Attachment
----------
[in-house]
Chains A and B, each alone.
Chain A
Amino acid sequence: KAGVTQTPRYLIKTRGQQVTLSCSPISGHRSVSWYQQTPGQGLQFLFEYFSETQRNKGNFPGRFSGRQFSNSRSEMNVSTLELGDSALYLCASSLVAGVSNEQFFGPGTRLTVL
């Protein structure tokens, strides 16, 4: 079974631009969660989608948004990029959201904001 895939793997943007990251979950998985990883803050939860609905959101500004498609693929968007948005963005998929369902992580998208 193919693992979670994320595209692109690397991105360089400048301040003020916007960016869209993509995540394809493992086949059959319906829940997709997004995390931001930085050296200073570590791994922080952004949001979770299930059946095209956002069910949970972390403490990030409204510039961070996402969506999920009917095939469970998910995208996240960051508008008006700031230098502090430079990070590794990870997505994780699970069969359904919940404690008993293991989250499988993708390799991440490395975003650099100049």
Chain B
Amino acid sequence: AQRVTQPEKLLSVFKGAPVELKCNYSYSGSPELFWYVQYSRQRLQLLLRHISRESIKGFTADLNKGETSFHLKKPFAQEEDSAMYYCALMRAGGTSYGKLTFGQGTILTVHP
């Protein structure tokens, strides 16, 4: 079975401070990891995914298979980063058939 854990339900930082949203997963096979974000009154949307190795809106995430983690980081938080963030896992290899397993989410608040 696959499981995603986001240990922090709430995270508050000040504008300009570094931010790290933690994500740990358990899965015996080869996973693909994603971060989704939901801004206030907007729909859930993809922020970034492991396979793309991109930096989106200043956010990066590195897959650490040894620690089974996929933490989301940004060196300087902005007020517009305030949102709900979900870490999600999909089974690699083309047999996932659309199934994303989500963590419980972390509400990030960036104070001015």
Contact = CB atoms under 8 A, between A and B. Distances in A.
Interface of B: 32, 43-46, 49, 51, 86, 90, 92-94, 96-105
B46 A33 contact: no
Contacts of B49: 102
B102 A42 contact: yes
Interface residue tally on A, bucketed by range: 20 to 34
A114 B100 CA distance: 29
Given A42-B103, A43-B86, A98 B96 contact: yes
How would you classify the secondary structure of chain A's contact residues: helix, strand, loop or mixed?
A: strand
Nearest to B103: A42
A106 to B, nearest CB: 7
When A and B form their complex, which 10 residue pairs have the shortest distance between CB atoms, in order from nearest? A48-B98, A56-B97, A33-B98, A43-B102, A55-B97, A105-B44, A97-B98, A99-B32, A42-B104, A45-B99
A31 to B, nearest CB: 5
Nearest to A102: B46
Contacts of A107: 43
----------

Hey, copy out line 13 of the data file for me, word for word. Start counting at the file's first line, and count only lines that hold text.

B102 A42 contact: yes